I have listened with the deepest interest to what has fallen from the Under Secretary for Foreign Affairs. I recognise his responsible position, and I feel that the statement he has now made will give greatest satisfaction to the country, and no doubt to this Committee. It is probably the fullest and clearest statement of the policy of the Government, with regard to the subject which has been under discussion, which we have yet had from a responsible Minister. My hon. Friend the Under Secretary for Foreign Affairs recognises the full importance of the subject we have discussed. He sees that, unless there be a clear understanding between the two great Powers which are coming into contact in Africa, the most serious consequences might easily ensue, and he has undoubtedly made to-day a statement which cannot be misunderstood as to the claims of this country in regard to these regions. He has repeated and enlarged upon his statement of the other day, which was to the effect that the whole of the basin of the Nile, the whole of the Nile waterway from the lake, was either in the sphere of Egyptian or British influence. He has told us tonight that the claim on the part of the British Government has been before the world, and therefore has been in the full knowledge of the French Government for the last five years: I assume, therefore, that, in his opinion, it has never been disputed by the French Government. And he went on to say that if, in these circumstances, the French Government were to push forward any armed expedition into the country, which we have for five years past claimed as being within our sphere of influence, that that would be an unfriendly act on the part of the French Government, and would be so regarded by this country. As I have said, that is perfectly satisfactory if, as we most earnestly hope, the position is understood and accepted with equal clearness by the Representatives of the French Government. If we have ever entertained any doubt on that point I must say it is due to those Debates in the French Assembly which are not always characterised by the reserve which we endeavour to maintain here. As recently as the beginning of the present month the following statement was made by a member of the French Legislative Body who has interested himself greatly in those colonial questions:— Our sole aim has been to make England feel the harm she is doing us in not keeping her engagements in Egypt, and to show her that we can come up to her elsewhere than in the Mediterranean. That statement was made in the presence of the Ministry, after a previous statement to the effect that they had no desire to colonise the Upper Nile or the Congo or the Ubangi. It would appear, therefore, from these statements, that they were entering upon this enterprise with the object of showing England that they could come up to her elsewhere than in the Mediterranean. Statements like these have been made more than once by French Representatives in the Assembly. We expect from the French Government, if they do not accept these statements—and we do not believe for a moment that they do accept them—that they should repudiate them. That is what would be done here in parallel circumstances; but I am unable to find that there was any repudiation in the French Chamber of the statement which I have read. That justifies such a discussion as this. It makes it necessary for us, at any rate, to have a clear statement as to our position from the Government of our country, and a tremendous responsibility would rest upon them if they did not make the position which we occupy equally clear to a Foreign Government. I hope we may agree with the Under Secretary for Foreign Affairs that these rumours very often go far beyond the truth. We are dealing with very distant countries where we have no solid footing, and it may well be that reports that come to us are very far from the truth, and it would be unwise and unpatriotic if we were to act upon these reports without confirmation. I should think, however, that possibly in a matter so important as this, in which the good feeling between two countries is largely involved, some perfectly friendly and reasonable inquiry might be made, with a view to ascertaining what truth there was even in a report of this kind. An assurance from the Government of France, that no such expedition was intended or authorised, or had started, would be in fact even more satisfactory than the statement of my hon. friend the Under Secretary that, if it were to start, it would be considered as an unfriendly act. We do not want to be placed in a position in which we may have to say to the Government of any other civilised country that they have been guilty of an unfriendly act. When it comes to that, things are becoming serious. We do not want to be placed in the position of even suggesting that a foreign Power could be guilty of an unfriendly act, and I confess it would be very satisfactory to some of us if, of their own accord, the Government of France could give us some assurance as to their intentions, and as to the instructions which they may have given to these expeditions in distant countries—which would relieve our minds, which we should accept as given in perfect good faith, and which would render perfectly unnecessary any further public discussion of the matter. I rose, however, to say that, in my opinion, the declaration of the Under Secretary for Foreign Affairs is perfectly satisfactory. It shows that the Government are fully aware of the importance of the question, and I should not dare to interfere even for a moment with their responsibility.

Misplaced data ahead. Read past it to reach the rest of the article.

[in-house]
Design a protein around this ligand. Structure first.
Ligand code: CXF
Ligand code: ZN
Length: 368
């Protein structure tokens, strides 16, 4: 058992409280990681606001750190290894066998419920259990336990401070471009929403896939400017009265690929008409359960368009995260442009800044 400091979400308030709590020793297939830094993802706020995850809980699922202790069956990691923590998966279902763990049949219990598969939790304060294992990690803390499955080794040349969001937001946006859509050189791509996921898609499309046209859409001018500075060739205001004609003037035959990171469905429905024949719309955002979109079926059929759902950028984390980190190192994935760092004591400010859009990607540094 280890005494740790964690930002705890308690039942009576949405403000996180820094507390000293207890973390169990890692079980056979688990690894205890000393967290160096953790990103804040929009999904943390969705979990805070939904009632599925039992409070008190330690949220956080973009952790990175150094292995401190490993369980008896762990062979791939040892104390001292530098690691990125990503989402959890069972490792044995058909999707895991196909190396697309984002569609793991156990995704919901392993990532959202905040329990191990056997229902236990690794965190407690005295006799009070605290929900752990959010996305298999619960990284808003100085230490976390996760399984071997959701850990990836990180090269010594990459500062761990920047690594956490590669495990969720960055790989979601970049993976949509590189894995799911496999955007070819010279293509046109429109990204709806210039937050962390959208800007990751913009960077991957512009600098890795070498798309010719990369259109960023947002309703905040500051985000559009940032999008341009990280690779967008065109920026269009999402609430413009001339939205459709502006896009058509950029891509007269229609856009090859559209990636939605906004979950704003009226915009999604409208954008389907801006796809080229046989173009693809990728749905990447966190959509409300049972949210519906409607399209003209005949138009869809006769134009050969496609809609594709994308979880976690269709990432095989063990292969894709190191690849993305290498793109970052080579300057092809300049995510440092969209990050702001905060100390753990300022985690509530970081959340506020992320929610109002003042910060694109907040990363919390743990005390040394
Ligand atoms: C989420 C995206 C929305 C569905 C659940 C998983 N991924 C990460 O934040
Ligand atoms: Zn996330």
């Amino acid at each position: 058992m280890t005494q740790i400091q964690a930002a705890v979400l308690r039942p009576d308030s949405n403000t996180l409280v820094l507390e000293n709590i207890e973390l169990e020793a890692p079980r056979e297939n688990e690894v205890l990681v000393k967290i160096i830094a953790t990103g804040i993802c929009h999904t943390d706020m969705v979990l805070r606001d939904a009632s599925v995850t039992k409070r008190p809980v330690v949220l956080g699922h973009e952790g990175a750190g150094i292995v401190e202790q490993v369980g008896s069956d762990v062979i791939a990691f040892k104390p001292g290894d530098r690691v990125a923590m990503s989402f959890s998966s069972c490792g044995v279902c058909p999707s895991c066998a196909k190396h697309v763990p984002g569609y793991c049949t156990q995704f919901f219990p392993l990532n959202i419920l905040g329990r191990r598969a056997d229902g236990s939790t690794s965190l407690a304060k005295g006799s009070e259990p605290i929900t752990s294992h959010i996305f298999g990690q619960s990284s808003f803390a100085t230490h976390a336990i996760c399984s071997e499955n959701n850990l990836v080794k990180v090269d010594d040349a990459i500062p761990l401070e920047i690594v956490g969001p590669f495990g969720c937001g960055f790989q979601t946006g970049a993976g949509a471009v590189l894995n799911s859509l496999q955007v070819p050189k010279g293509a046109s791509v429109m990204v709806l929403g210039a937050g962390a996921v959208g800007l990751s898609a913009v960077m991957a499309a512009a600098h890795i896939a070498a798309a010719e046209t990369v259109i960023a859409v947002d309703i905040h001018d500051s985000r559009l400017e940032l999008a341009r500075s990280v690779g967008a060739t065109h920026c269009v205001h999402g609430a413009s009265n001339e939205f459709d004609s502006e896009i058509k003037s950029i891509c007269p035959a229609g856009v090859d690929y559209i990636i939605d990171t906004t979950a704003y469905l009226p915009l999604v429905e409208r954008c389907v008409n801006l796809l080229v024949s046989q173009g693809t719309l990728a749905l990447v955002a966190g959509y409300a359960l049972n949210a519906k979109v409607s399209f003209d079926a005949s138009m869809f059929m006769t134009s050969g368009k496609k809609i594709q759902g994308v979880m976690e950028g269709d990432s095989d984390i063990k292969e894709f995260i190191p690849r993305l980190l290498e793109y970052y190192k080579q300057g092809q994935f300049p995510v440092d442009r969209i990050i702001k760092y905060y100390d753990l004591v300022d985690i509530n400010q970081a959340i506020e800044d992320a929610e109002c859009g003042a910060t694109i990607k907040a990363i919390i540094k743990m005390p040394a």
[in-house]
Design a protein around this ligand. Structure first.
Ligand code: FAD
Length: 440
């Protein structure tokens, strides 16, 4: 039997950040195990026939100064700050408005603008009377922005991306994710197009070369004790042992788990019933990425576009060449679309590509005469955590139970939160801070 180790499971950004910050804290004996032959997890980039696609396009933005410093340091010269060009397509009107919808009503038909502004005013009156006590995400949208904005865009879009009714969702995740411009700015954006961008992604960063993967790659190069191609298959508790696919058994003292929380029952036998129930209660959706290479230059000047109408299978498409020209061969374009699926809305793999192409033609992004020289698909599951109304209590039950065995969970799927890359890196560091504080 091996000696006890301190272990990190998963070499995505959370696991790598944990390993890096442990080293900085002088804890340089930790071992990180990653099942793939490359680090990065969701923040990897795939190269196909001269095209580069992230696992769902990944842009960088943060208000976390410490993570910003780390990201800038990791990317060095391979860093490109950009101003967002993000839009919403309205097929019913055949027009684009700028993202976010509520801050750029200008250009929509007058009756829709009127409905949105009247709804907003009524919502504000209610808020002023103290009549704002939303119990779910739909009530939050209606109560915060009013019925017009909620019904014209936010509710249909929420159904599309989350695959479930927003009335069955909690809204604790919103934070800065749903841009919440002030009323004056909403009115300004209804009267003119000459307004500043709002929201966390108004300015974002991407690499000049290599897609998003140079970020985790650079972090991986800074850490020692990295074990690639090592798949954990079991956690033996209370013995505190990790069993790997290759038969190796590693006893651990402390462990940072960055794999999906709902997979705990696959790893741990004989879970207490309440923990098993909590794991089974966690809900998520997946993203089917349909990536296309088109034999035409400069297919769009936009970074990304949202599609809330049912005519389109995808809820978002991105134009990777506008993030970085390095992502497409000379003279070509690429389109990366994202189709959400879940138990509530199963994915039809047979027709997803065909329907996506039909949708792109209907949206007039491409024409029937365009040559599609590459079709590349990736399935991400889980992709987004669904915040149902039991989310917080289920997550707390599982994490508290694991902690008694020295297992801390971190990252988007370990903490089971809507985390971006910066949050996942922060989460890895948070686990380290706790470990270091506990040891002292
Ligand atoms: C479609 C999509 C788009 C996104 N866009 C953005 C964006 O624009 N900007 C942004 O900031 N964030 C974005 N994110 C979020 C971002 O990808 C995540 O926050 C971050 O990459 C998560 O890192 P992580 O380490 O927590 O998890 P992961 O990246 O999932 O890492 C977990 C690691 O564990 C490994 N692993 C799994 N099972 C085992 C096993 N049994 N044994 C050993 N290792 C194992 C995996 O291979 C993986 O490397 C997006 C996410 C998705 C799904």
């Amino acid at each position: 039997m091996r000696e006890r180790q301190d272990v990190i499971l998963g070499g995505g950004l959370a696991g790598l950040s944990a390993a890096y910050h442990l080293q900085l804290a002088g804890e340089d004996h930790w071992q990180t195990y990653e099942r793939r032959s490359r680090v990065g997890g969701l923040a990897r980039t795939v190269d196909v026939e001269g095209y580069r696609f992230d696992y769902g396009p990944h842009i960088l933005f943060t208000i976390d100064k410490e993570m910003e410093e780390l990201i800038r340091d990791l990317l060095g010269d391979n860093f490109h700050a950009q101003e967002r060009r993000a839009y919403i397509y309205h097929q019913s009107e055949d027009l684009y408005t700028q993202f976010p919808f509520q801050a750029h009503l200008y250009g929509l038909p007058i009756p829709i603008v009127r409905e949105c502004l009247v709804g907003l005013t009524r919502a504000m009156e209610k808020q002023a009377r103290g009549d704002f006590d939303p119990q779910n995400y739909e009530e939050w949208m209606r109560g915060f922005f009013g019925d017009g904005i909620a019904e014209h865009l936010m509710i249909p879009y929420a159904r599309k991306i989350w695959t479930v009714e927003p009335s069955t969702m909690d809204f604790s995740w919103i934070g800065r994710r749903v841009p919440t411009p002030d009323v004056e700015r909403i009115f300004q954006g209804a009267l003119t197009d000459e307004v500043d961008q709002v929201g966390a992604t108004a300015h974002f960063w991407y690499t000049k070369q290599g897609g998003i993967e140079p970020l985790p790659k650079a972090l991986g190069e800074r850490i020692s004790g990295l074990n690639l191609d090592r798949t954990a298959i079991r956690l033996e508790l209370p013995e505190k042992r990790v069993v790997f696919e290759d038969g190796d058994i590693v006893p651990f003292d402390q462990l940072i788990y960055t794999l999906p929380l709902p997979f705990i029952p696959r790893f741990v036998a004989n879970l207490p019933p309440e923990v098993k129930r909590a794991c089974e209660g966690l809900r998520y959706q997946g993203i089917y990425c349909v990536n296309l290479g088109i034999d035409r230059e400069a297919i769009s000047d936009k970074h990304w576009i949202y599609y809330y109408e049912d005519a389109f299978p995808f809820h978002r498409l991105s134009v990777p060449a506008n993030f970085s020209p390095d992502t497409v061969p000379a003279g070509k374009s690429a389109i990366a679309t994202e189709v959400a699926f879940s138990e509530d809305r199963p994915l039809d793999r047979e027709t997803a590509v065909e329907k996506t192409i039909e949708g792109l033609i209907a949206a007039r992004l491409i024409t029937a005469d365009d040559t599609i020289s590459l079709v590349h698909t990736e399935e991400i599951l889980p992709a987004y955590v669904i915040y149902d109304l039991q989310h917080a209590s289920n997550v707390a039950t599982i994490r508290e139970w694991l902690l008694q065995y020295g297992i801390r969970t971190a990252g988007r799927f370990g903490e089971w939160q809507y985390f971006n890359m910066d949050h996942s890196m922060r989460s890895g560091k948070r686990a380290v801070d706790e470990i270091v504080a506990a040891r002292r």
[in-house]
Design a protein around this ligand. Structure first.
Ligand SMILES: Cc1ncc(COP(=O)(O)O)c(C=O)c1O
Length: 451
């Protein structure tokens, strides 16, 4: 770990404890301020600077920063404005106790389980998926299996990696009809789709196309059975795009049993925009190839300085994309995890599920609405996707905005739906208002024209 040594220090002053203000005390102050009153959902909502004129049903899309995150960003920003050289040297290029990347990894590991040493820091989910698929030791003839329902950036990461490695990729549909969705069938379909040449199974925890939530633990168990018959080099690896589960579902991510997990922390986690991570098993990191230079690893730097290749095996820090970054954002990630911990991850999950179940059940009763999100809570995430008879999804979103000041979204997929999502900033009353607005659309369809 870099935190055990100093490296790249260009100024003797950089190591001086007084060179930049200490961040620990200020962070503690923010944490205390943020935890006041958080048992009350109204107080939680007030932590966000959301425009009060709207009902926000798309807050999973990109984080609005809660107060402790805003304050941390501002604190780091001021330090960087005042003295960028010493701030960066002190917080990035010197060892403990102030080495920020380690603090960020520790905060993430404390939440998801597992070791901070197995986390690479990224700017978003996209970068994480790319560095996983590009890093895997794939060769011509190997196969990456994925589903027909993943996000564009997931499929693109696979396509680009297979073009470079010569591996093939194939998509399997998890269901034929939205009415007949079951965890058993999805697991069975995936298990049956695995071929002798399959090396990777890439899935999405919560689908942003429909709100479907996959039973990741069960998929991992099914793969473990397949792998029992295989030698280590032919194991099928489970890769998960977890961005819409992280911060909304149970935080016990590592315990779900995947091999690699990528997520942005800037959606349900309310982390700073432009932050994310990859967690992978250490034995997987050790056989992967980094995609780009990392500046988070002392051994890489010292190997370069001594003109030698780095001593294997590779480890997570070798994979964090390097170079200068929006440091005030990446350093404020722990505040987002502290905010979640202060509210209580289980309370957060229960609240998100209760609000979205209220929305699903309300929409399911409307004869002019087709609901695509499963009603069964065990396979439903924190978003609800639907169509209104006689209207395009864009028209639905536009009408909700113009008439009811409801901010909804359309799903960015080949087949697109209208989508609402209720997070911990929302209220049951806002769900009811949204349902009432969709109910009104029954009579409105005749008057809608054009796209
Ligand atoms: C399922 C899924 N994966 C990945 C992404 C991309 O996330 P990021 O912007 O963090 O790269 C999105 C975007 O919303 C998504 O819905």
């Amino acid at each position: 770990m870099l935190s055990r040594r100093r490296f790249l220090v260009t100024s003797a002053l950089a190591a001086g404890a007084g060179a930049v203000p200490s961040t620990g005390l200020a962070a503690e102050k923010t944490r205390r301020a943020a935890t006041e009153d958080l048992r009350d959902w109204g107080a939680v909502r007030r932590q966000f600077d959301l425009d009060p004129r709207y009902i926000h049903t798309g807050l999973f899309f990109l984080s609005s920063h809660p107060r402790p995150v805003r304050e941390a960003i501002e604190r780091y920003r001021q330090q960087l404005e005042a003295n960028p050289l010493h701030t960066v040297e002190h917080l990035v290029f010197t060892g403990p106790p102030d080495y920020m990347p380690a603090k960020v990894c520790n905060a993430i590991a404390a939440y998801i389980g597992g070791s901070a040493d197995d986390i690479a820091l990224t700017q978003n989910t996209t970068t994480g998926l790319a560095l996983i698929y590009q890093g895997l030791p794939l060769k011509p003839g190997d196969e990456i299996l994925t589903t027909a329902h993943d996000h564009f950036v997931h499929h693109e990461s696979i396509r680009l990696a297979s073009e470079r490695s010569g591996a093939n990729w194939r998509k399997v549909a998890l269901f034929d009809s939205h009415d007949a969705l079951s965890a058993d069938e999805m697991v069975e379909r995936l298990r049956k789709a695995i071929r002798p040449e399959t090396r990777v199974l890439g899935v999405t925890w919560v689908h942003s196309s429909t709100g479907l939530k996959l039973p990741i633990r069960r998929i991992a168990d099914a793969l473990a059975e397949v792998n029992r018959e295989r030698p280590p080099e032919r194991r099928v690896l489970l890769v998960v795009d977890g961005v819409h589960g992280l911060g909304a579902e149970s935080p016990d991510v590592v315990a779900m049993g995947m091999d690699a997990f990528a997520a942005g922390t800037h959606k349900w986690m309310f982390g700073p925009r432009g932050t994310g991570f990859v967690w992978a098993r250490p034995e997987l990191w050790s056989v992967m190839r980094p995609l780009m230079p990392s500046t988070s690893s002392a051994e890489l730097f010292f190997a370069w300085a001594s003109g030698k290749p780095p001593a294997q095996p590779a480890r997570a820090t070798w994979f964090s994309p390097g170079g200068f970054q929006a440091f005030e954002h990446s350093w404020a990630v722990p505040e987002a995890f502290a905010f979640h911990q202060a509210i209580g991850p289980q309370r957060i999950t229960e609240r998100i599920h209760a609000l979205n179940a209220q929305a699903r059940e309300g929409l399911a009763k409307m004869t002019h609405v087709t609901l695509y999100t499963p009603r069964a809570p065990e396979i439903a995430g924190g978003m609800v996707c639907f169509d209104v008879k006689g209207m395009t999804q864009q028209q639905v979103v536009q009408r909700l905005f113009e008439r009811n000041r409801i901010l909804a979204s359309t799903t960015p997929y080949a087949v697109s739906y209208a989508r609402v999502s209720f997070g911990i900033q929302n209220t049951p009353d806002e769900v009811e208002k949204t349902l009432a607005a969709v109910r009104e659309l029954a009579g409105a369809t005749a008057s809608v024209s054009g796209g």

said that he did not desire to pursue the subject of the Nile Valley. He thought, however, the House must have been impressed by the rather alarming language of the Under Secretary. He had no doubt that that language was duly weighed and considered before it was uttered in that House. He proposed to call attention to the conduct of the Government in connection with Siam. The essentially important negotiations with reference to Siam took place between October 1892, and April 1893, and all that time they were asking for information and being told that it was contrary to the public interest that information should be given whilst the negotiations were proceeding. It was not until the 18th of last August that the Blue-book was published. That was the Saturday before the House rose, and so there was no time for a discussion of the subject. He had read the Blue-book from beginning to end, and, in his opinion, a more painful exhibition of violent language and weak action, of high pretension and absolute failure had never been seen. Lord Rosebery had all the cards in his hands. He had right; he had force, for the force of France in those territories was in no way equal to ours, and he ought to have had the instincts that would move a generously-minded man to stand by a good ally and customer of England. But though Lord Rosebery held the cards he did not succeed in winning a single trick in the game. At every point he used the strongest language; at every point he was driven off, defeated, discredited, almost disgraced. What was the excuse that he gave for his repeated failures? On July 25 he said— Our policy has all along been to rely on French promises, and I regret to say that, no doubt under the force of circumstances, these have not been fulfilled. Ought a Minister for Foreign Affairs to rely upon promises and then to whimper because, forsooth, those promises were not fulfilled? It showed a simplicity which he trusted would be rare in British Foreign Ministers. He admitted that it might be extremely difficult to carry out the most sacred engagements, that there might be considerable reasons to prevent a Foreign Minister from confronting the responsibility of pushing matters to the verge of war. He admitted all that, but when a Foreign Minister was conscious of that feeling he ought to measure most carefully the language that he used. This was what Lord Rosebery had not done, but the contrary. On April 12, 1893, Lord Rosebery certainly became aware of the serious nature of the problem before him. On that date he wrote to our Resident in Siam— Although friendly intentions towards Siam are professed (by France) there is every appearance of forcing unreasonable terms upon the Siamese Government by menaces. From that date, therefore, no action by France, however extraordinary, no application of force, however great, could have surprised Lord Rosebery, for he was prepared for it. The duty of the Foreign Minister in these circumstances was clear and plain. It was his duty to make up his mind how far he would go in resisting this intention of forcing unacceptable terms upon Siam. But the first thing he did was to tell the Siamese Minister that he could not receive him. I think, therefore [he wrote], that it would be more prudent if the Siamese Minister refrained from asking for an official interview which is sure to be noticed by the Press. A few days later the Siamese were advised to "make the best terms they could with France," and then Sir Philip Currie was authorised by Lord Rosebery to tell the French Ambassador that he had given this advice to the Siamese Minister. There could not possibly be a more patent and open avowal that Lord Rosebery had absolutely abandoned the Siamese to the tender mercy of the French. And it was regarded by France as a direct invitation for her to proceed in her purpose. Menaces soon degenerated into force; and in April and May there was fighting. On June 30, a Declaration was made by the French Government that they had no intention of interfering with the integrity of Siam. But still the gunboats continued to go to the Siamese coast. We were told that any further movements of the French Fleet would be communicated to England. These movements were not communicated. On July 13, the French Government gave us a distinct undertaking that their gunboats would remain outside the Menam river. On that very day, however, these gunboats forced the passage of the Menam and went on to Bangkok. Then followed the blockade and the painful story of the affront of the British flag when the British war vessels were ordered to leave the river and remain outside. The Pallas was actually interfered with when she was outside the limits of the blockade. Her commander very properly resisted and resented this interference, and an explanation was given by the French Commander. This pretended blockade—for it never was a blockade—would not have been effected if permission had not been given to the French to coal at Singapore. That was one of the reasons why he asserted that all the cards were in the hands of our Foreign Minister. The French demands continued until ended by the Treaty of October 3, and the dismemberment of Siam. The French claimed the whole of the left or eastern bank of the Mekong, and on July 20, Lord Rosebery wrote— Firstly, we cannot doubt that the term 'left bank' is far too comprehensive in its scope. It cannot, of course, apply to any district east of the, Mekong River, which the Siamese Government have no power to cede, whether from rights of sovereignty, suzerainty, or reversion possessed by other powers. But the left bank was ceded, and consequently Lord Rosebery was driven from his first position with defeat and discredit. His second position was that the integrity of Siam must not be interfered with. On July 20, 1893, he wrote— We are confident that the expression 'left bank of the Mekong' is used subject to the assurances repeatedly given by the French Government that they would respect the independence and integrity of the kingdom of Siam. It is clear that any provinces which indisputably form part of that Monarchy could not properly be made the subject of any such demands by the French Government. Nevertheless, precisely such demands were made and enforced, and finally had to be conceded. So, as to the second requirement, Lord Rosebery was driven with discredit, if not with disgrace, from his position. As to Luang Probang, Lord Rosebery wrote, on 26th July 1893— As an honest man, he [M. Develle] must be as convinced as I was that the district in question was, and had been for nearly a century, bonâ fide Siamese territory, and that it could not be confiscated by France without a flagrant infringement of the formal assurances he had given us not to impair the integrity of Siam. But M. Develle, in reply, peremptorily refused to "withdraw or modify" his demands, and Luang Probang was confiscated, and it was in French possession at present. So that Lord Rosebery was driven from his third position with discredit, if not disgrace. His fourth position was, that the French officers were primarily responsible for what took place at the forcing of the Menam, and that they acted "in flagrant opposition to the engagements" of the French Government. What was the answer? Lord Rosebery gave the answer himself— I observe these officers have been publicly noted for promotion in recognition of their conduct. This was the fourth point from which Lord Rosebery was driven with discredit, if not disgrace. The fifth point was with regard to foreign trade. On September 7, 1893, Lord Rosebery wrote that Her Majesty's Government had publicly announced in Parliament that they regarded the independence and integrity of Siam as a British interest of high importance. and that they had repeated assurances from the French Government that this was an object in which they were equally interested. Lord Rosebery went on to say that the foreign trade was almost entirely in British hands, and we could not preserve an attitude of benevolence or neutrality towards any attempt to impose restrictions upon it with a view to divert it into other channels. What was the action taken in support of these very serious, nay, menacing words? The blockade, as Lord Rosebery himself said, was directed against British commerce alone, and the whole action of the French was directed to the encouragement of French trade at the expense of British trade, so that from the fifth position Lord Rosebery was driven with discredit, if not disgrace. What did he say with regard to the French demand as to Battambang and Ankor? He wrote on 9 September 1893— The treatment of the two provinces of Battambang and Ankor as separate and distinct from the other portions of the Siamese kingdom seems to us inadmissible. Yet France at once proceeded so to treat them, and she even prohibited Siam from having any armed force in Battambang and Ankor. France claimed with regard to the right bank to the extent of 25 kilometres, that it should be entirely free from Siamese influence. What did Lord Rosebery say about that? That as far as he was able to judge, there was no justification for the attempt to constitute a new boundary. Nevertheless, it was enforced, finally brought to an end, and included in the Treaty with Siam of October 3. Consequently from his seventh position the Foreign Minister was thus driven. Finally, he came to Chantabun. France had told Lord Rosebery again and again that she had no intention whatever of retaining it. But she had retained the place to this day, and it would be retained until certain things had occurred, which, whether they occurred or not, were to be measured by the opinion of the French Government, and that alone. From eight different positions, there fore, taken up in language almost verging on a declaration of war, certainly of unheard-of strength, quite unusual in the mouth of an English Foreign Minister, Lord Rosebery was successively driven, sometimes with contumely, sometimes with contempt, always with defeat. He came now to the last phase of this matter. It was alleged that an infraction of the Treaty had been made by France through the occupation by her of a village called Keng Kong, and also through her sending six French Residents into the neutral zone of 25 kilomètres on the right bank of the Mekong. He thought that there was no infraction of the treaty at all in these respects. The Treaty with Siam gave France the right to establish posts on the right, bank of the Mekong for certain purposes—stations for boats, stores of wood, coal, and so forth. Furthermore, while it, drove Siam out of the 25 kilometres zone, it forbade her to maintain any posts, or troops, or authorities there. It gave the French especial authority, and it gave France power to issue passes and placed her in a position of quasi-authority, in this zone from which the Siamese themselves had been entirely driven. If it was the case that the French had occupied Keng Kong for one of the purposes provided for by the Treaty, he saw no infraction of it. If, on the other hand, there were six residents in the zone of 25 kilometres with the permission or even with the allowance of Siam, there also he saw no infraction of the Treaty on the part of Siam. He saw serious, even grave, objection to the Treaty itself. But the fault, did not lie with the Siamese; it lay, in his opinion, with the weak course of action followed by the English Foreign Minister—a course of action which involved the shabby desertion of our friends the Siamese. One word in conclusion as to the buffer State or neutral zone. He observed that the French newspapers and the members of the French Chamber were quarrelling over the term "buffer State." They said that there was no buffer State; it was nothing but a neutral zone. The two terms were interchangeable. M. Casimir-Perier so used the two terms in the Chamber; he described it as "buffer State, or neutral zone." If a choice had to be made between the two terms, he should say that buffer State, and not neutral zone, was the right term. What was done about this State? There were long paragraphs as to the character of this buffer State in the Despatches sent from the Foreign Office; and one fact which proved to his mind that it was meant to be a buffer State and not a mere neutral zone was this, that the Chinese Government was asked to undertake, and did agree to undertake, the Gevernment of the State when it should be formed. The Dispatch containing the consent of the Chinese Government to accept the government of the buffer State was sent to the French Government in December, 1893. An answer was requested from the French Government as to the view it would take of this arrangement in connection with the State; but whether any answer had been forthcoming he did not know. There was, at any rate, no answer in the Blue Book. The last and most important declaration of Lord Rosebery was made as to this buffer State or neutral zone; and it was a very serious declaration indeed, considering the present aspect of affairs. It would be found on page 188. After referring to the negotiations which had taken place between England and France with regard to the form of this State, the intention of which was to introduce between the English Indian frontier and the French frontier, something like a buffer, so as to prevent the two from meeting, Lord Rosebery wrote, on 27th October 1893:— Should these negotiations, however, unfortunately fail, and should the French Government be unable to accept the above proposal (which is offered in a most conciliatory spirit), the British Government would have to take such measures as they might consider necessary for their own protection. These it is not necessary more particularly to define. But they would, at any rate, be compelled to maintain and strengthen their hold over the State of Kyaing Chaing on both sides of the Mekong and over Kyaing Ton, which also extends for a certain distance along the left side of that river in such manner as they might deem fitting, and indeed to assume a proper control of the river itself, where it passes through their territories. They would also take into immediate consideration the measures necessary to preserve an independent State between the main body of the British dominions and those of France. That language also, it would be seen, was of a somewhat alarming, if not indeed of a threatening character. The situation was this; above Luang Probang, for 200 miles the Mekong ran through the Shan States as far as the Chinese frontier. Lord Rosebery said:—"You may also take half of the Mekong if you like, and agree with us as to the upper part with regard to the formation of a buffer State or neutral zone; if you can do so, well and good; but if not we shall take such measures as are necessary for our own protection, and to assert our claims on both sides of the Mekong; we shall quicken and tighten our grasp on the Shan States under our suzerainty." Would Lord Rosebery maintain that position? They could have little hope that he would stand to his position in the ninth case more than in the previous eight cases. He had felt it necessary upon this, the first available occasion, to bring these matters before the Committee, because it was not merely the reputation of a Foreign Minister or of Her Majesty's present Government but the reputation of England that was at stake. It had not been the custom of English Ministers to let their act fall behind their word; their custom had been rather the reverse. Lord Rosebery, however, had run away from his word. ["Oh!"] Yes, he submitted that he had proved up to the hilt that this had been the conduct of the English Foreign Minister at this moment. It was because it was not the reputation of the Foreign Minister nor that of the Government, but the reputation of England, that was at stake at this moment that he had ventured to bring the matter before the Committee.